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This webpage contains a collection of actual letters and documented interviews from people who lived lived along the Texas frontier. These are unedited snapshots of life in Texas as these inviduals saw it.

Postmarked: New Orleans, Louisiana Nov. 18,1841
Addressed to: Pheneas C. Hall and Samuel B. Hall State Illinois, Jackson County, Brownsville
Letter headed: Texas, Washington County, Cedar Creek Nov. 5,1841

"Dear Sons, I now embrace the opportunity to drop you a few line informing you that through the mercies of the Great Giver of All Blessings we are all enjoying good health say all our friends-your Mother excepted and her health is much the same as it was when you were here.

I sincerely hope that these lines may find you and all the Connections in a state of perfect good health. I have but little of importance to communicate to you- we have good crops of corne (corne is selling at $.50 per bushel).

Cotton crops are tolerable good. There is a great quantity raised in the County. This season cotton is from $9.50 to $10.00 per hundred.

I can inform you that midst plenty we have indirectly Peace. The Mexicans scarcely threaten us as they are so engaged in perpetual war at home they have not time to think of war abroad. It is a short time since Santa Anna defeated Bustementa (the President and Cheiftain of Mexico) and got possession of the City of Mexico and is counquering all the Centerlists before him. This has been the misfortune of those rebeled criters for the last eleven years and God only knows when such a civil war will be at an end.

I wrote you a letter about the last of August informing you that if you could encourage me to come I intend to pay you a visit though I have not received any answer yet though I am still expecting one. In some short time if I receive a letter shortly informing me to come I shall start in three days after I receive it, but if the time is delayed I cannot come lest the River might freeze up and I be detained until Spring. Which would be very much against my wishes.

If you are not prepared to pay the little money that is coming to William and Jackson at this time perhaps you can discharge it in flower next spring. If you can write to me immediately and I will come on or about the first of March next.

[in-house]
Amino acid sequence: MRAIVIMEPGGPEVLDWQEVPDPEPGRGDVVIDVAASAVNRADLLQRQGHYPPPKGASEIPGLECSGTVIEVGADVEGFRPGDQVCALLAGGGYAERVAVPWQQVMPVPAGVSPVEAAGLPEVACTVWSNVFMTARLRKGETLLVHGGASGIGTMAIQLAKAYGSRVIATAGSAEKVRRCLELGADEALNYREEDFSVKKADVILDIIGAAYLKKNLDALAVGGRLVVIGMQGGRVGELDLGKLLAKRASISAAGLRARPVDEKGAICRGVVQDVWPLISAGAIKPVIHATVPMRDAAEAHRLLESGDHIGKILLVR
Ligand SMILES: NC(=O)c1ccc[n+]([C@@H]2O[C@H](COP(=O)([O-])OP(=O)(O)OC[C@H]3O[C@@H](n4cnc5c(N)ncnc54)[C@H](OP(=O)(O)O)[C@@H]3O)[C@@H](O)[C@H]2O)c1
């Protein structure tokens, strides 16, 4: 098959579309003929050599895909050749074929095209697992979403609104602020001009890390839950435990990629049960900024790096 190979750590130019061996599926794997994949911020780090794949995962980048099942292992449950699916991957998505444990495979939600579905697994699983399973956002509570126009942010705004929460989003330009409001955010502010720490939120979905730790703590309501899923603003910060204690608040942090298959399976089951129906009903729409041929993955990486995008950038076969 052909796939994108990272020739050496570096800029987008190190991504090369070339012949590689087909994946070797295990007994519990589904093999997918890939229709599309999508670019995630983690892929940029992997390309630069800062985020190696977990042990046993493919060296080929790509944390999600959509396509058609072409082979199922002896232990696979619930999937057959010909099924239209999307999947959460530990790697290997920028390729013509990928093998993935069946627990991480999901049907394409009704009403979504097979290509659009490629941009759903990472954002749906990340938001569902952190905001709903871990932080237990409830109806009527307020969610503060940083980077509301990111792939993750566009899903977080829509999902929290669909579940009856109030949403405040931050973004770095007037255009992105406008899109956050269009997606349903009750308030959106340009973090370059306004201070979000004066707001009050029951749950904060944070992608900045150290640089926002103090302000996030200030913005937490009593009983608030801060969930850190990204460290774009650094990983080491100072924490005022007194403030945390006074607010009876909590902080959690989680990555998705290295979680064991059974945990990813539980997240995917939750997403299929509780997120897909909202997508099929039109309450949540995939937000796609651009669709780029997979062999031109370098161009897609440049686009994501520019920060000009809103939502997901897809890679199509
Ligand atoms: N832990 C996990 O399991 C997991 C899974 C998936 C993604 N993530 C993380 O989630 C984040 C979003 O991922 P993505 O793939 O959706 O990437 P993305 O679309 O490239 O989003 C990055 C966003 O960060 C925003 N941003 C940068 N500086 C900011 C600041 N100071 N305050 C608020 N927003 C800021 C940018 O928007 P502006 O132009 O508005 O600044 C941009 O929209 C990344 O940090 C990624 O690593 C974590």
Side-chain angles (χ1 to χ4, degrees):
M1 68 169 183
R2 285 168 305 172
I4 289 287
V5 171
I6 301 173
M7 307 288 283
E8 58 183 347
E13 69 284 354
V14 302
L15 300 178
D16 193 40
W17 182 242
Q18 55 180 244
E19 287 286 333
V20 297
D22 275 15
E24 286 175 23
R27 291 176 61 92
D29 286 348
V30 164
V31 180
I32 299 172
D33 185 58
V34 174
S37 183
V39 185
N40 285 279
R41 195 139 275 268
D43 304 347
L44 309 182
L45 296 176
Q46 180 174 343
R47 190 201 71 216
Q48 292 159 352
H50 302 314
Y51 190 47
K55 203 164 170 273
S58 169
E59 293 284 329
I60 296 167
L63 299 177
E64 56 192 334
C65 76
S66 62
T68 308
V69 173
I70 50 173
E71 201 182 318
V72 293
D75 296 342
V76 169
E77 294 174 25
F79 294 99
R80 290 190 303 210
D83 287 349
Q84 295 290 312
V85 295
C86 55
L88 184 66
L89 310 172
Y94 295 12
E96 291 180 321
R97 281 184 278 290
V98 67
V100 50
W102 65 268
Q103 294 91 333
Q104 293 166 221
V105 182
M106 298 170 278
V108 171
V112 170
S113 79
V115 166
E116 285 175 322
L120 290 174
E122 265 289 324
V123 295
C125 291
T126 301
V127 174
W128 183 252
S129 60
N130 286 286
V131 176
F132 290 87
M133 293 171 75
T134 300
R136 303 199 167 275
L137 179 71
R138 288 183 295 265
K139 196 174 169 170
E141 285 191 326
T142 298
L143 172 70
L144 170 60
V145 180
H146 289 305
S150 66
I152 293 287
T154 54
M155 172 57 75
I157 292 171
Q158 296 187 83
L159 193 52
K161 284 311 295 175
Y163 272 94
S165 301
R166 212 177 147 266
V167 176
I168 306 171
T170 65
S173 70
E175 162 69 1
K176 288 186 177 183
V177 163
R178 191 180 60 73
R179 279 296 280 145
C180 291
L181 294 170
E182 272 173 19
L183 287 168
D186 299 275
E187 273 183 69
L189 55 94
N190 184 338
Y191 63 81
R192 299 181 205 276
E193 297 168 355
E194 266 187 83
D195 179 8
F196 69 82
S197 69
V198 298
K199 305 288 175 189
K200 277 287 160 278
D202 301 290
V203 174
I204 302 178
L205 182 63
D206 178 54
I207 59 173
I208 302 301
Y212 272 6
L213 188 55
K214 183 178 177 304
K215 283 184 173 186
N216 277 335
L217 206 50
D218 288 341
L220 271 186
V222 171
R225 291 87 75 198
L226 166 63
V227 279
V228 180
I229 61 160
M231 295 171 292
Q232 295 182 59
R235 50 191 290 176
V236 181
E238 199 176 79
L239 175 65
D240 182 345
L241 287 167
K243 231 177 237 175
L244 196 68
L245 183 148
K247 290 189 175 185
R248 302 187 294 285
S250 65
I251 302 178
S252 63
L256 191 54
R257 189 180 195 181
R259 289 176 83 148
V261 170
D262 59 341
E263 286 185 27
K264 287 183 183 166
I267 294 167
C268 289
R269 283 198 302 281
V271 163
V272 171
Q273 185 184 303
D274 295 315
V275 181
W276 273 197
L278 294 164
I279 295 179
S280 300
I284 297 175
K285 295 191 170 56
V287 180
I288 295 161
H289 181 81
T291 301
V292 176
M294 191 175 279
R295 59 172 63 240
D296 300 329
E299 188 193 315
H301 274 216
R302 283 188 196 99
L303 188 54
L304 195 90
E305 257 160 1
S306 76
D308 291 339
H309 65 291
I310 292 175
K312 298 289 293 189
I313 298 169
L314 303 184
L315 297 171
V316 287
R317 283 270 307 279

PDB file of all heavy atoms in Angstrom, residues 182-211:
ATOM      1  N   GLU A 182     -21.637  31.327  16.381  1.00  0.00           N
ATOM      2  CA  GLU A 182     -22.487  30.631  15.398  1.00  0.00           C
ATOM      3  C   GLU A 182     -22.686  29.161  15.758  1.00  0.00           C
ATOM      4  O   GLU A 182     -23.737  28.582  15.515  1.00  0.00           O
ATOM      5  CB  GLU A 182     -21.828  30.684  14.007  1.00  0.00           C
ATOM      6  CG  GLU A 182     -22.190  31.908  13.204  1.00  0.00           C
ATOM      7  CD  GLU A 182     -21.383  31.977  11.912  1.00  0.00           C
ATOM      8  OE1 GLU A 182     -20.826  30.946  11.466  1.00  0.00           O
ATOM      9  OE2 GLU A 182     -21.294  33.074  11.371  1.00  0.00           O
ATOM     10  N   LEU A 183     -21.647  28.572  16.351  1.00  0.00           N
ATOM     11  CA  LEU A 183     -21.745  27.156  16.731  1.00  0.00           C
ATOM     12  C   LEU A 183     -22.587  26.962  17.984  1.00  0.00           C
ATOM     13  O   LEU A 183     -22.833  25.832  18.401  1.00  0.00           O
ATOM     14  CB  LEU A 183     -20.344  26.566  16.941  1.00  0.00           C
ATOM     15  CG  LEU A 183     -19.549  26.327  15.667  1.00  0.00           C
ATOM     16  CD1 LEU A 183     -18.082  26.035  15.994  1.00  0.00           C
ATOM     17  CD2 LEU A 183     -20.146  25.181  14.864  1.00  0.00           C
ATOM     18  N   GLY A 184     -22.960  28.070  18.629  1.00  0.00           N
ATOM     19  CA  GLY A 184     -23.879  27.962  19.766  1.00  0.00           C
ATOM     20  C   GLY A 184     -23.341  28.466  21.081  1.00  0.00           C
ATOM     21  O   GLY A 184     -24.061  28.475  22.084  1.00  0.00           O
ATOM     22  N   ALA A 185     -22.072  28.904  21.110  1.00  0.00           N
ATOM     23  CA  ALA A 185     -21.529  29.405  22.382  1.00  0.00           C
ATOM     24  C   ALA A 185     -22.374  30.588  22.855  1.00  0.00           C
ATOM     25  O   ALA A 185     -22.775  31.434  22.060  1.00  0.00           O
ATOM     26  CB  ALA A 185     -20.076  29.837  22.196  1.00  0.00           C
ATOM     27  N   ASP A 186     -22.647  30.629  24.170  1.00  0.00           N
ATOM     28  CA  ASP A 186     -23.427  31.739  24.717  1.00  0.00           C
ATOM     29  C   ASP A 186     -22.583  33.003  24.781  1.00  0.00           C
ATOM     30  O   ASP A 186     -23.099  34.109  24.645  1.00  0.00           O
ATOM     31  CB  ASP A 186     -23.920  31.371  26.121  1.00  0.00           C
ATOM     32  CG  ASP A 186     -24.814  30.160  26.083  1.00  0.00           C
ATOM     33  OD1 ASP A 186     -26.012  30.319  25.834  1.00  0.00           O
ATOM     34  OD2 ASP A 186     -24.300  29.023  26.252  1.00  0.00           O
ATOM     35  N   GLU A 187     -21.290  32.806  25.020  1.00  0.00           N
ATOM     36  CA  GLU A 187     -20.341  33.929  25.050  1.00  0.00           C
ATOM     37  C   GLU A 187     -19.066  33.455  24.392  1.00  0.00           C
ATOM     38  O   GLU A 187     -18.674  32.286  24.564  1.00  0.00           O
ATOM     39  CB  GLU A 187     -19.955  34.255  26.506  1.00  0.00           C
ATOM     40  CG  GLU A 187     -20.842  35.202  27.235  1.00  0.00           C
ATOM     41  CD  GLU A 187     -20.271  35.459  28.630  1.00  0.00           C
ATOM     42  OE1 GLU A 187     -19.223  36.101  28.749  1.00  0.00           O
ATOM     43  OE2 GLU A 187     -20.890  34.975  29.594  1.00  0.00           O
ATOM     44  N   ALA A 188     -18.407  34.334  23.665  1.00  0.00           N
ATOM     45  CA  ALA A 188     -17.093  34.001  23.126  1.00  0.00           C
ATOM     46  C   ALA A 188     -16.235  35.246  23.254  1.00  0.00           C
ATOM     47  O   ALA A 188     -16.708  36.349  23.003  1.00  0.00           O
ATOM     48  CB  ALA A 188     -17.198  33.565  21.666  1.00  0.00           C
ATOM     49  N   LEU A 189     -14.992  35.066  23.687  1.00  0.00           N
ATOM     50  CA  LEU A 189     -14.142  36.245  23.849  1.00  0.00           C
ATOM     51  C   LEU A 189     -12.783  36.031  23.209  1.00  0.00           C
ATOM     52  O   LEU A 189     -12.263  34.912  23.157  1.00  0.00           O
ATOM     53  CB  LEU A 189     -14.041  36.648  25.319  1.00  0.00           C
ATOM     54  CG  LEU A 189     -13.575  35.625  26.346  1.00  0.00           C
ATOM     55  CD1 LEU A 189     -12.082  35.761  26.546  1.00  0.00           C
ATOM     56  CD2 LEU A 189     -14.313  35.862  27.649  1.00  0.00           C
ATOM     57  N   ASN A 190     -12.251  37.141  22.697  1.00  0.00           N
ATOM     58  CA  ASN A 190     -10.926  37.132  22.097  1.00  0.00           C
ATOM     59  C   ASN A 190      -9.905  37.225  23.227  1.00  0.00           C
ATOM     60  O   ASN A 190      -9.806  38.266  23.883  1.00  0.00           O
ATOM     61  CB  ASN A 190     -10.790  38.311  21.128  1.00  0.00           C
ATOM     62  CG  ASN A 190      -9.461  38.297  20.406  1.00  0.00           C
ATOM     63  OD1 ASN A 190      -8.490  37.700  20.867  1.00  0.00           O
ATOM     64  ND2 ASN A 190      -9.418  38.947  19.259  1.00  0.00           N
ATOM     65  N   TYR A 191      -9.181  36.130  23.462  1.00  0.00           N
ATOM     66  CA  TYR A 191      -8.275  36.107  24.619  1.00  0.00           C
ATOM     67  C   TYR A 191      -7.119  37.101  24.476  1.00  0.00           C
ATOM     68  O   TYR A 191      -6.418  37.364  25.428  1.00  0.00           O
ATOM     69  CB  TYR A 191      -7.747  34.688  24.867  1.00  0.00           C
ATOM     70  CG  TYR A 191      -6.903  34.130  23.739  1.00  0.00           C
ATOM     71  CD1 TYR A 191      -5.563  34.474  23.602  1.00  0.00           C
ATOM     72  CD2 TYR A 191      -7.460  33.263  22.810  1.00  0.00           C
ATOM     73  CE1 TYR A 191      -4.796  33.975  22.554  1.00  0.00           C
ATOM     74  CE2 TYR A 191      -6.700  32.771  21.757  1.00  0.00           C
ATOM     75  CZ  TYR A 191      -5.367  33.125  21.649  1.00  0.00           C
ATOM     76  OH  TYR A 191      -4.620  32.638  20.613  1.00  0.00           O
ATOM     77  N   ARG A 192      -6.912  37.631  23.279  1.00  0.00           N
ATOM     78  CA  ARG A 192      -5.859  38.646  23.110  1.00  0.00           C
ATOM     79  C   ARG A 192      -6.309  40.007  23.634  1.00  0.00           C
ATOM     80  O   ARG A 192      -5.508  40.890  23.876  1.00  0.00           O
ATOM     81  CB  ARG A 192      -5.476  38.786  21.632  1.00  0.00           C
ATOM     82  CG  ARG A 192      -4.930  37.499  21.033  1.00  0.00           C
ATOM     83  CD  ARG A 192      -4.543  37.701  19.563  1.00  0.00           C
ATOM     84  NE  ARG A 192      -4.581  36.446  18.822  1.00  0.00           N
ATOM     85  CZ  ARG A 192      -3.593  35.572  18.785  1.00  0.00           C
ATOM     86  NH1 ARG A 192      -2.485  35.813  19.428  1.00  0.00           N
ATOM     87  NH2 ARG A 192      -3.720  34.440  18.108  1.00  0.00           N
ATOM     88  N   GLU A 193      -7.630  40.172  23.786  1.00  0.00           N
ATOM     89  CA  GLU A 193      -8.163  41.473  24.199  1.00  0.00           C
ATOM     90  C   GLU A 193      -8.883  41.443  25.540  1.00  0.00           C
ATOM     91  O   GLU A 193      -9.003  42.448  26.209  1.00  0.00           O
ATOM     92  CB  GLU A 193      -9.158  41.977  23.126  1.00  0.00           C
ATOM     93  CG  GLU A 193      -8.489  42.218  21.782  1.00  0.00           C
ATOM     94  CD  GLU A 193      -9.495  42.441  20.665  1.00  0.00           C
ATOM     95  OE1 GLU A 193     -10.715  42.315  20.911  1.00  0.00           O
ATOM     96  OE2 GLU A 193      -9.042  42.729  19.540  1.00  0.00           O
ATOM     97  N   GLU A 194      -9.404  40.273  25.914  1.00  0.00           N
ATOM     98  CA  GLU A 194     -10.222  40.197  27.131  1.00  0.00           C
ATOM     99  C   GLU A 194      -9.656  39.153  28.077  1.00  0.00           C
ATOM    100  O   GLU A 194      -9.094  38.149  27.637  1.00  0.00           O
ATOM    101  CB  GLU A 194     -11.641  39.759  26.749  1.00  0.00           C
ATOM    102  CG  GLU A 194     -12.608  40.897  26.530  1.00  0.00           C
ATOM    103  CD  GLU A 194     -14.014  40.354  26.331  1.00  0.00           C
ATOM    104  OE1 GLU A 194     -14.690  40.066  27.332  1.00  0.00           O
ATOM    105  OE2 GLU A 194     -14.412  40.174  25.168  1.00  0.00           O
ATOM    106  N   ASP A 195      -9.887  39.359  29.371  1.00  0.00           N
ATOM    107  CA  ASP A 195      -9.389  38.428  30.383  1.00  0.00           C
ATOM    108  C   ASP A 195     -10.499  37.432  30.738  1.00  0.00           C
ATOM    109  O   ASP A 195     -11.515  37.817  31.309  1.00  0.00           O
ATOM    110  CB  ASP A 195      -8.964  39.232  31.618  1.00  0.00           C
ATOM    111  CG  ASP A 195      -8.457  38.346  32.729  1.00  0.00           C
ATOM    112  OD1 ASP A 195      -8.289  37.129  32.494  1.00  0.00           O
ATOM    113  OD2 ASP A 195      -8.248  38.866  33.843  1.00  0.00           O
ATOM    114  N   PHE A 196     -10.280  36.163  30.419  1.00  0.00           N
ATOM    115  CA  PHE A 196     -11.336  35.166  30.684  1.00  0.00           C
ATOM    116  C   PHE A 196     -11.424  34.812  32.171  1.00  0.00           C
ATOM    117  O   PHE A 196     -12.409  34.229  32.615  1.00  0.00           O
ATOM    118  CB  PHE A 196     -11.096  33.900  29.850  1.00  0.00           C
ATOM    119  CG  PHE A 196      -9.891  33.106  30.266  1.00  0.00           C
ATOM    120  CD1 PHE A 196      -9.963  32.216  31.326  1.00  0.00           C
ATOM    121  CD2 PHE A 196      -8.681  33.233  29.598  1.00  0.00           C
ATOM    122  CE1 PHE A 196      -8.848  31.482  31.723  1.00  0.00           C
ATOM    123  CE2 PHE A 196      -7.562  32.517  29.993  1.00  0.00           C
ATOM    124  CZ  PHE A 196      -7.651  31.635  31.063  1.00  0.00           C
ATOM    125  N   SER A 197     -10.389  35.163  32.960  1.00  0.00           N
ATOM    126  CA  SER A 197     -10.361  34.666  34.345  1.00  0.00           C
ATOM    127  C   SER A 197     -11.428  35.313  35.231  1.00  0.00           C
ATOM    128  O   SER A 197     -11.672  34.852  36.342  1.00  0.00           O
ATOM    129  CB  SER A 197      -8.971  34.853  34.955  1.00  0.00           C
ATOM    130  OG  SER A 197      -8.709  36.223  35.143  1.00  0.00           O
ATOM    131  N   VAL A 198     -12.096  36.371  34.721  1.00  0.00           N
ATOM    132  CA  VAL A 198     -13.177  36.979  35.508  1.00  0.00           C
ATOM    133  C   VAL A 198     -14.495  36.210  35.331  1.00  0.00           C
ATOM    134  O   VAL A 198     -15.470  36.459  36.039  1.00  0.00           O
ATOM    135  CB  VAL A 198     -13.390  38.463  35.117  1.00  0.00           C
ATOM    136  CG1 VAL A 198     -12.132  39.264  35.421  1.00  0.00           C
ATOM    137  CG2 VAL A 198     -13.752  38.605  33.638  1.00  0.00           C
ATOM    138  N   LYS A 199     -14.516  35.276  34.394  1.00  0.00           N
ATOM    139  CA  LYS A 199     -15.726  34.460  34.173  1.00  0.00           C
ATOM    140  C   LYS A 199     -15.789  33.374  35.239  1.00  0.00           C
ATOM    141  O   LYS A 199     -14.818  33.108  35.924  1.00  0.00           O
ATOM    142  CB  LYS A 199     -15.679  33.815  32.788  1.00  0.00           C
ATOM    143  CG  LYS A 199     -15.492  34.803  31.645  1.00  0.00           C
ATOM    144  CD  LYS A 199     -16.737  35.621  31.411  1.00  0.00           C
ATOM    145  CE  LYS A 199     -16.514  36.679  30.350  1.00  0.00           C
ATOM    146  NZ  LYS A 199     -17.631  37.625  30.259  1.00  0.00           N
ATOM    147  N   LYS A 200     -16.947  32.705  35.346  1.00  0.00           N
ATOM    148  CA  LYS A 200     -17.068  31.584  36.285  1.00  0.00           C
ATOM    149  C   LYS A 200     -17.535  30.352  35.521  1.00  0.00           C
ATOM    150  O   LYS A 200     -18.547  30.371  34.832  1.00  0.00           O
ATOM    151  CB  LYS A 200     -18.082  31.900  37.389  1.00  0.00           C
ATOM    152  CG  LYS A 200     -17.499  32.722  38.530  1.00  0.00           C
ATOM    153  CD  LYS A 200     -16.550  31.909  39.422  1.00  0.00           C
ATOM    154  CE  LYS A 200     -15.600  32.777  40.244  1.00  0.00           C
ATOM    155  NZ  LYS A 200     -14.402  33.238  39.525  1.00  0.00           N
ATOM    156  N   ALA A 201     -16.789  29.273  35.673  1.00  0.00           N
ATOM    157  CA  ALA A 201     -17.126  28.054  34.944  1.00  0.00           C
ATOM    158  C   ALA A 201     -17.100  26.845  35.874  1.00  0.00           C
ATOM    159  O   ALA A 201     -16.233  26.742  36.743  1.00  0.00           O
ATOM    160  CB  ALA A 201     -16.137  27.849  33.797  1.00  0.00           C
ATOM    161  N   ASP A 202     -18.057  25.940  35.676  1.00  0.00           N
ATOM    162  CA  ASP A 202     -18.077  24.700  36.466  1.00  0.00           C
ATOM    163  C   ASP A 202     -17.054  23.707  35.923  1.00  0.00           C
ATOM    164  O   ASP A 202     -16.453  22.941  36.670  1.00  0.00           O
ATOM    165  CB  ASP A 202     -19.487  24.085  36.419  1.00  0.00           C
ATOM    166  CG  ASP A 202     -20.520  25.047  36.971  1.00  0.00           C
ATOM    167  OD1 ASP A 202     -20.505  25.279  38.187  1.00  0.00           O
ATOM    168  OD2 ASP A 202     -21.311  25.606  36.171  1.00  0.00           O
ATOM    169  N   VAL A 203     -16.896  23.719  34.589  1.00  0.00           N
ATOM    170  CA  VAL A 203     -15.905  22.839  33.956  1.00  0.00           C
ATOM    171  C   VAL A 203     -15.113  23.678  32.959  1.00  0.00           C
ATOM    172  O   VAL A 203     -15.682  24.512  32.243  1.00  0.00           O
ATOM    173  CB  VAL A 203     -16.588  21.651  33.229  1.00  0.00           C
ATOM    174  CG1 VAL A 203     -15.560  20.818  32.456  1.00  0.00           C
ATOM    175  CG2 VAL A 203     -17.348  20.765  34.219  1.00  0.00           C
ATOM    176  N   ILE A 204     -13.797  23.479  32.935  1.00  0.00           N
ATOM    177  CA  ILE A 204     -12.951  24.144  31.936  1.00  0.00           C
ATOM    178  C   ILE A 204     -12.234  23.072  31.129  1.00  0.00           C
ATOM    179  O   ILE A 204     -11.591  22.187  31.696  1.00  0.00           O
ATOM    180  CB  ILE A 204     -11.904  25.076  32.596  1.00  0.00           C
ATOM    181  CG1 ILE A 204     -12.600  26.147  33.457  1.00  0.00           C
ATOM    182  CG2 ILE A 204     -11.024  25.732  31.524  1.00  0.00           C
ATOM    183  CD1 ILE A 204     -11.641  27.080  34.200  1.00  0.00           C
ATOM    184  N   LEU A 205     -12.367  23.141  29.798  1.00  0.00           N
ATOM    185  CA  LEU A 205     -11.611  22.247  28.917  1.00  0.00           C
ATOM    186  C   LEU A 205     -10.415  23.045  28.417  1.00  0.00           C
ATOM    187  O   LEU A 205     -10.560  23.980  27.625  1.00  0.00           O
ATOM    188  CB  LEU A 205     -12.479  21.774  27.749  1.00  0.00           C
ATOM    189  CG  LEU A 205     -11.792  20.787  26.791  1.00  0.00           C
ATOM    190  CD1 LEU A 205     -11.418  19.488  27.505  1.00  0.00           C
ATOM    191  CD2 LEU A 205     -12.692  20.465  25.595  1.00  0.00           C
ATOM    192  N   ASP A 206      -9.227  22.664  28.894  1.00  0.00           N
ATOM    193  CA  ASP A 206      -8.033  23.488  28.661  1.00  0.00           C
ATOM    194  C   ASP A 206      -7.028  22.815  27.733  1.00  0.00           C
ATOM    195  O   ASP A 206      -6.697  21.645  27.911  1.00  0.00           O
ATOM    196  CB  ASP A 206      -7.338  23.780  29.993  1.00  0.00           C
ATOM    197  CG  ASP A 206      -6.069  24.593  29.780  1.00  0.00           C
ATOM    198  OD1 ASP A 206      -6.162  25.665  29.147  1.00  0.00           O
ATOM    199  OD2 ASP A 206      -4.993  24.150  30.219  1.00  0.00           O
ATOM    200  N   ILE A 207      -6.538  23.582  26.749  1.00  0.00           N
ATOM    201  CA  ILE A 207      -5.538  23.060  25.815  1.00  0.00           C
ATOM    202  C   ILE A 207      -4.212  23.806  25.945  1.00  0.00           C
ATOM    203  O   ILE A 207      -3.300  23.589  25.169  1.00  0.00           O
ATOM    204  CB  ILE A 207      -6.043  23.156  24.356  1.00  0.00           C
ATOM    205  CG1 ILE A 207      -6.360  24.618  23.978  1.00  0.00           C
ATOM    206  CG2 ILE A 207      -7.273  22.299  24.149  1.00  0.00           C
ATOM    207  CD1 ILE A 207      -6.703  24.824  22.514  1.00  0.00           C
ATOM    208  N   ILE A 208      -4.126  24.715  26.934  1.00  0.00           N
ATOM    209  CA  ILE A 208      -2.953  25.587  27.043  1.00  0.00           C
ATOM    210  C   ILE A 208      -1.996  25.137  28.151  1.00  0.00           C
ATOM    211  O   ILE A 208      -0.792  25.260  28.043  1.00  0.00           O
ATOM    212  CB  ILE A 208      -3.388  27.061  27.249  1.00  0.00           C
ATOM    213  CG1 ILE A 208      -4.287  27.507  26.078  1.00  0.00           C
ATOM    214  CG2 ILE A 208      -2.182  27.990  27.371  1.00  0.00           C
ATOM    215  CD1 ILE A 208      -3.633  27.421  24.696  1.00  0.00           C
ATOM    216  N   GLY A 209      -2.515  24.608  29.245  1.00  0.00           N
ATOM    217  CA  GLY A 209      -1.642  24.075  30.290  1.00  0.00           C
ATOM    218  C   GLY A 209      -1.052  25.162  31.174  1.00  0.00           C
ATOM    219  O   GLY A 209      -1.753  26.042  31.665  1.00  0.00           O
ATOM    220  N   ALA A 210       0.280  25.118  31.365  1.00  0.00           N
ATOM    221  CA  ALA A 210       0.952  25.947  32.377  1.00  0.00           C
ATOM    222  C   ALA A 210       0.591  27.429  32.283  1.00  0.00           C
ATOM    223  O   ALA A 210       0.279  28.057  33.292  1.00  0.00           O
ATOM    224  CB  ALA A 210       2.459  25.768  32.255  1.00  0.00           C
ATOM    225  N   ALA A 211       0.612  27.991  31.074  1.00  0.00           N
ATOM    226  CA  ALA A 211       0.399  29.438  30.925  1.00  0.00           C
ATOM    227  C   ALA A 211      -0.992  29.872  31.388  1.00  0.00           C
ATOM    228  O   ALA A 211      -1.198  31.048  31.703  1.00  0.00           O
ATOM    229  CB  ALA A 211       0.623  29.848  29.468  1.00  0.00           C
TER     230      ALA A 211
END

Since James speaks of authenticizing me to dispose of the eighty acres of land joining you as he has declined the intention of ever going back to live there. He is such a fair way of sitting well to live and becoming wealthy. The boys is all in a good way of making a good living but William is a little embarrased at this time. They have lands in abundance but it will not sell for money. They are anxious to get out of debt before the law is repealed making property bring two-thirds of its value as property cannot be sold under any pretence whatever for less than two-thirds of its value. Congress is now in session and it's expected the the above law will be repealed and a new law be passed making property sell for what it will bring. If so it will place the citizens of this County in a very awkward situation and some of ourselves among the rest unless you can do something for them.

If you cannot raise money, flower can be used. Have very soon and I will come and receive it first next March but if I receive a letter from you to come this fall I will start in two or three days after receiving it. William and Jackson both have helpless family and not situated to leave them and the way I am situated to assist them is to attend to their concerns in that County. I assure you it would be a great accomodation to them if you can help them and it would be remembered by them as a great favor.

As it is not in my power to assist them at this time, please to write me every month for two or three months. Perhaps I may get some of your letters. Before I close I inform you that your Mother sends her love to you both and all her grandchildren. Also my adopted daughter, Sarah A. Hall sends her best respects to all her uncles and aunts and she says she wishes to see them all but her lot is cast-always therefore she has to be content with her situation.